United States, Securities and Exchange Commission, Washington, D.C. (Agency) and National Treasury Employees Union, Chapter 293 (Union)
[ v61 p251 ]
61 FLRA No. 49
SECURITIES AND EXCHANGE
September 16, 2005
Before the Authority: Dale Cabaniss, Chairman, and
Carol Waller Pope and Tony Armendariz, Members
I. Statement of the Case
This matter is before the Authority on exceptions to an award of Arbitrator Earle William Hockenberry filed by the Agency under § 7122 of the Federal Service Labor-Management Relations Statute (the Statute) and part 2425 of the Authority's regulations. The Union filed an opposition to the Agency's exceptions.
The Arbitrator found that the Agency reduced unit employees' base pay in violation of the Investor and Capital Markets Fee Relief Act (the Act). [n1] Accordingly, he sustained the grievance.
For the following reasons, we find that the award is not contrary to § 7121(c)(5) of the Statute, but is contrary to the Act. Accordingly, we set aside the award.
II. Background and Arbitrator's Award
Special salary rates (special rates) are rates of pay that are higher than the rates of pay received by employees covered by the General Schedule (GS), and are intended as a means to recruit and retain categories of employees that are otherwise difficult to recruit or retain. See 5 C.F.R. § 530.303(a). [n2] Employees who are paid special rates (special rate employees) are not entitled to receive locality pay. See 5 C.F.R. § 531.606(a)(1) & (4). [n3] However, where the GS basic pay plus locality pay would be greater than the special rate, special rate employees are entitled to the GS basic pay plus locality pay, rather than the special rate. See id.
Office of Personnel Management (OPM) approved, and the Agency began paying, special rates to certain categories of employees. Subsequently, Congress enacted the Act, which provides, in pertinent part, that "[r]ates of basic pay for all employees of the [Agency] may be set and adjusted by the [Agency] without regard to the provisions of chapter 51 or subchapter III of chapter 53" of title 5 of the United States Code. 5 U.S.C. § 4802(c). The Act also provides, in pertinent part, that "[t]o the extent that any employee of the [Agency] is represented by a labor organization with exclusive recognition in accordance with [the Statute], no reduction in base pay of such employee shall be made by reason of enactment of this section (including the amendments made by this section)." 5 U.S.C. § 4802 Note.
Pursuant to its authority under the Act, the Agency proposed to convert both non-special rate and special rate employees into a single pay system. For non-special rate employees covered by the General Schedule, the Agency proposed the following conversion formula: (1) subtract employees' locality pay; (2) add 6 percent to the resulting pay; (3) place the employees into the grade in the new system that corresponded to their existing grade (e.g., a GS-1 employee would become an "SK-1" employee) at the step that was closest to (but not lower than) their pay as adjusted; and (4) add locality pay, which would vary depending on where the employees were located.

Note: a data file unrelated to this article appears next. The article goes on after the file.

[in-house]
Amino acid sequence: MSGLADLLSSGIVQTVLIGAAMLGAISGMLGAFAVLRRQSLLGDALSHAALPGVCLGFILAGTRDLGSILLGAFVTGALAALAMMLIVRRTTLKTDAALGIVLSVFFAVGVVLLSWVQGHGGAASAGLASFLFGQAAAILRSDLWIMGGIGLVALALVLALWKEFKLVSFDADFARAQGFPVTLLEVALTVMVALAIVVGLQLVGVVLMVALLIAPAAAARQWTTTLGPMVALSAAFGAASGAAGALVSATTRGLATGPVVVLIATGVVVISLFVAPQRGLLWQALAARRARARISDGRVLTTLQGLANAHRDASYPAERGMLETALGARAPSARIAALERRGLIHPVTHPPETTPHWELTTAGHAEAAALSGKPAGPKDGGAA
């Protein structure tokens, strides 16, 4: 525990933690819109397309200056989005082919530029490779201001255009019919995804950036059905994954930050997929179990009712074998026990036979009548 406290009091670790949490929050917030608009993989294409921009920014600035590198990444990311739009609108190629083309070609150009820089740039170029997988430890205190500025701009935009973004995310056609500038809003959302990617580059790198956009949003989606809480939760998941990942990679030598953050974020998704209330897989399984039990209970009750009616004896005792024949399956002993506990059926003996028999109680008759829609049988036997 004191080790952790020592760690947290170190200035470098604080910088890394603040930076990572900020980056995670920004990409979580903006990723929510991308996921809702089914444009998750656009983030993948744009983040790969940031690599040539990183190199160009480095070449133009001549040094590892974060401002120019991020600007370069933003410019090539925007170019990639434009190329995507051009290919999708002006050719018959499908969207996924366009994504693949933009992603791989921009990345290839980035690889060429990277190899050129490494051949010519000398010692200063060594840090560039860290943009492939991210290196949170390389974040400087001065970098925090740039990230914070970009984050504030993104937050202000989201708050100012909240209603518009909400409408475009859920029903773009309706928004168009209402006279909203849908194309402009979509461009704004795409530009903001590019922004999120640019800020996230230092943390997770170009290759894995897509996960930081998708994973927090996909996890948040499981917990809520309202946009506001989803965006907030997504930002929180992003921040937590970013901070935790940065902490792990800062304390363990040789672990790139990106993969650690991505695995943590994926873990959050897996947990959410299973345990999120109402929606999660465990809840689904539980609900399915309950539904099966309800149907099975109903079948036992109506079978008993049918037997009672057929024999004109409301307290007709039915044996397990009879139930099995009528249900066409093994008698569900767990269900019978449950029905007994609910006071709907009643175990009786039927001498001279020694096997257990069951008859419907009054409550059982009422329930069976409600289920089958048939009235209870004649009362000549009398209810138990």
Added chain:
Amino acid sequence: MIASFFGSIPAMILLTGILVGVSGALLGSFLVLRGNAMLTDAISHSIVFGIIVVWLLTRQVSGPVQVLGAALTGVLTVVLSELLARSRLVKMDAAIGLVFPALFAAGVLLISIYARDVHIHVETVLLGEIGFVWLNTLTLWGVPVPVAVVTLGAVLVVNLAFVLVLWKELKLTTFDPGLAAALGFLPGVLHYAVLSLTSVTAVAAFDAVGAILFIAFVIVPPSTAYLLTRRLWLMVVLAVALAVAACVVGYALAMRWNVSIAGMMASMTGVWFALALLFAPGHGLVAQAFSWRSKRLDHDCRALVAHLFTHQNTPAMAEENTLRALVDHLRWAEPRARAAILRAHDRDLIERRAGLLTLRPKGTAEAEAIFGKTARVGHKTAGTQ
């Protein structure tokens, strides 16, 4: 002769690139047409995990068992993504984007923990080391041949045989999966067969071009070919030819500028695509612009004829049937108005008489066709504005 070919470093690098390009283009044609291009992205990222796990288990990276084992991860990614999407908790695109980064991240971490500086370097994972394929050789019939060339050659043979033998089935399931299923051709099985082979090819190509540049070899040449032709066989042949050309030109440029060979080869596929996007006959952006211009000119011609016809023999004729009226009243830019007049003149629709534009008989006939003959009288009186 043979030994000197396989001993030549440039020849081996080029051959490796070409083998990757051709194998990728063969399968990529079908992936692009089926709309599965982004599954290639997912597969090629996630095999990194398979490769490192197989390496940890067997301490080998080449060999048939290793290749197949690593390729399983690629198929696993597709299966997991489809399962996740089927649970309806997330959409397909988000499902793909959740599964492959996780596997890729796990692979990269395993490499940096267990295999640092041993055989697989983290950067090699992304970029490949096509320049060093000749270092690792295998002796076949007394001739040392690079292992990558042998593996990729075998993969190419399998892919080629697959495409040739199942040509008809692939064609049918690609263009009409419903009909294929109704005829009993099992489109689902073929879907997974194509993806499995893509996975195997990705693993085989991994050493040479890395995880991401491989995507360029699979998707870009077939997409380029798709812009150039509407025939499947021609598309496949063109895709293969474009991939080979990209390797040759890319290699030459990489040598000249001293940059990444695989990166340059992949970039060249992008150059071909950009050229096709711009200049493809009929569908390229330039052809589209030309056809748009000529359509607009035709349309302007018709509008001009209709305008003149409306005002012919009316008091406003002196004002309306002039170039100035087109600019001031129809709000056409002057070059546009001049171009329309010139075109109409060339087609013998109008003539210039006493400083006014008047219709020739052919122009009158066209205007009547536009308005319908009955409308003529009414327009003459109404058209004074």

The Agency proposed a similar formula for the special rate employees at issue here. [n4] However, as those employees' pay had been enhanced by special rates rather than locality pay, the Agency proposed to [ v61 p252 ] use a different first step in the formula, in an attempt to place the special rate employees at a similar starting point as the GS employees. [n5] Specifically, the Agency proposed to first subtract from the employees' total pay the "rest of U.S." locality rate (8.64 percent), which is the lowest locality pay rate and applies to Federal employees in the continental United States who are "not located within another locality pay area." [n6] 5 C.F.R. § 531.603(b)(32). The Agency proposed to then apply the same steps (2)-(4) that it would apply to GS employees. As a result of the first two steps of the formula, special rate employees' pay was reduced by 2.64 percent (the net result of first subtracting 8.64 percent and then adding 6 percent) prior to placement in the new system and addition of locality pay, pursuant to the last two steps of the formula.
The parties negotiated to impasse over the proposed new pay system and submitted the dispute to the Federal Service Impasses Panel (the Panel) for resolution. While the matter was pending before the Panel, the Agency implemented the new pay system. Under the new system, all employees received an increase in their overall pay, and the special rate employees received an average 16 percent pay increase.
The Union filed a grievance on behalf of special rate employees who were converted to the new system, alleging that the new system violated the Act because it reduced the base pay of those employees. After the grievance was filed, the Panel issued a decision, 02 FSIP 122, "upholding in relevant part the Agency's final offer submission as to the pay conversion process." Award at 2. In so doing, the Panel did not rule on the legality of the Agency's pay conversion formula, finding that "to the extent the Union is claiming that the [Agency's] compensation system violates" the Act, "it has more appropriate forums for enforcing its interpretation of the law." Exceptions, Attachment 10 at 8 n.2.
When the Union's grievance was unresolved, it was submitted to arbitration, where the Arbitrator framed the issues, in pertinent part, as follows:
Arbitrability: Does the . . . grievance concern a classification matter so that it is barred from the grievance process, and/or is the . . . grievance timely filed?[ [n7] ]